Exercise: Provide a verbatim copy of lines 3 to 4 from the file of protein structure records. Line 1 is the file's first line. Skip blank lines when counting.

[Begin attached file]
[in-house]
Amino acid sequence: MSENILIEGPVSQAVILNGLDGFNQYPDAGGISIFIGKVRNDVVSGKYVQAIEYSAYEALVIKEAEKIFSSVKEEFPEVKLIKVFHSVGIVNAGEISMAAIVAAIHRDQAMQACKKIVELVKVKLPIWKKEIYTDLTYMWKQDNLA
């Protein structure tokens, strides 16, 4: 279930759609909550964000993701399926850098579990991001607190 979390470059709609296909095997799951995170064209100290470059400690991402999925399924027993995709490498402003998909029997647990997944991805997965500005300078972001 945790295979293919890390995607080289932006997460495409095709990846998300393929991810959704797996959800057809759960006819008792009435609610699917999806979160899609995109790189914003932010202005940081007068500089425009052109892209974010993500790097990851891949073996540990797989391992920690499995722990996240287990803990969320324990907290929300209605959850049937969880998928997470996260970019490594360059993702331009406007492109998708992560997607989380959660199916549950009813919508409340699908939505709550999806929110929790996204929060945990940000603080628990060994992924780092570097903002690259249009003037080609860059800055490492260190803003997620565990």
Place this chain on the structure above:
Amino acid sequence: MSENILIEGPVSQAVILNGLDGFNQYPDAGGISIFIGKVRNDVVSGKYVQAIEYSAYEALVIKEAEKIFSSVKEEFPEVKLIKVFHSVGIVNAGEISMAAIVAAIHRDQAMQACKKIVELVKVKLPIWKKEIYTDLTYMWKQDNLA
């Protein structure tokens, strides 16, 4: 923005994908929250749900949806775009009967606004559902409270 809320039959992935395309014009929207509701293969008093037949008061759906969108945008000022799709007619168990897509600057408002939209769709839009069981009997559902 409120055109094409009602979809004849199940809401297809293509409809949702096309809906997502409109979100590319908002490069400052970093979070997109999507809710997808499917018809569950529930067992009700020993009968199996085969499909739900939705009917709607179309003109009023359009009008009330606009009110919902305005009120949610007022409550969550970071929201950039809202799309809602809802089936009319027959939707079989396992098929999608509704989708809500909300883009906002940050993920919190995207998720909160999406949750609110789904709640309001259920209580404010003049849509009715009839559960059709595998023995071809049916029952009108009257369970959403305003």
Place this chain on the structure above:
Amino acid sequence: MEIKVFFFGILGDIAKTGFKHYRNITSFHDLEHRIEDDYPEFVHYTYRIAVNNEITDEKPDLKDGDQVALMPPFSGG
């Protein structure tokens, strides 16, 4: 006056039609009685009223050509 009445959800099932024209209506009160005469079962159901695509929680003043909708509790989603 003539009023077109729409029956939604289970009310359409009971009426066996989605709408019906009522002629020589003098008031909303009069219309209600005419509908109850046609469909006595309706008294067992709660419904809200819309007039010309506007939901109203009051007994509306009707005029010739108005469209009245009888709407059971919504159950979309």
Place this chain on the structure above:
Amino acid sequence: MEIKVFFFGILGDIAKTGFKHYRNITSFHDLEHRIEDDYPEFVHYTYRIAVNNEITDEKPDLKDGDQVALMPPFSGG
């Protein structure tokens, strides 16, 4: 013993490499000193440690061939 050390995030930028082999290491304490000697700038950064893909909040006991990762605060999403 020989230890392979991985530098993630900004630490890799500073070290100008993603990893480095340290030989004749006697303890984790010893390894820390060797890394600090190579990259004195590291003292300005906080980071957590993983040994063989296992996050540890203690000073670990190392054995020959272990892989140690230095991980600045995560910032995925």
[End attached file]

């Protein structure tokens, strides 16, 4: 279930759609909550964000993701399926850098579990991001607190 979390470059709609296909095997799951995170064209100290470059400690991402999925399924027993995709490498402003998909029997647990997944991805997965500005300078972001 945790295979293919890390995607080289932006997460495409095709990846998300393929991810959704797996959800057809759960006819008792009435609610699917999806979160899609995109790189914003932010202005940081007068500089425009052109892209974010993500790097990851891949073996540990797989391992920690499995722990996240287990803990969320324990907290929300209605959850049937969880998928997470996260970019490594360059993702331009406007492109998708992560997607989380959660199916549950009813919508409340699908939505709550999806929110929790996204929060945990940000603080628990060994992924780092570097903002690259249009003037080609860059800055490492260190803003997620565990």
Place this chain on the structure above: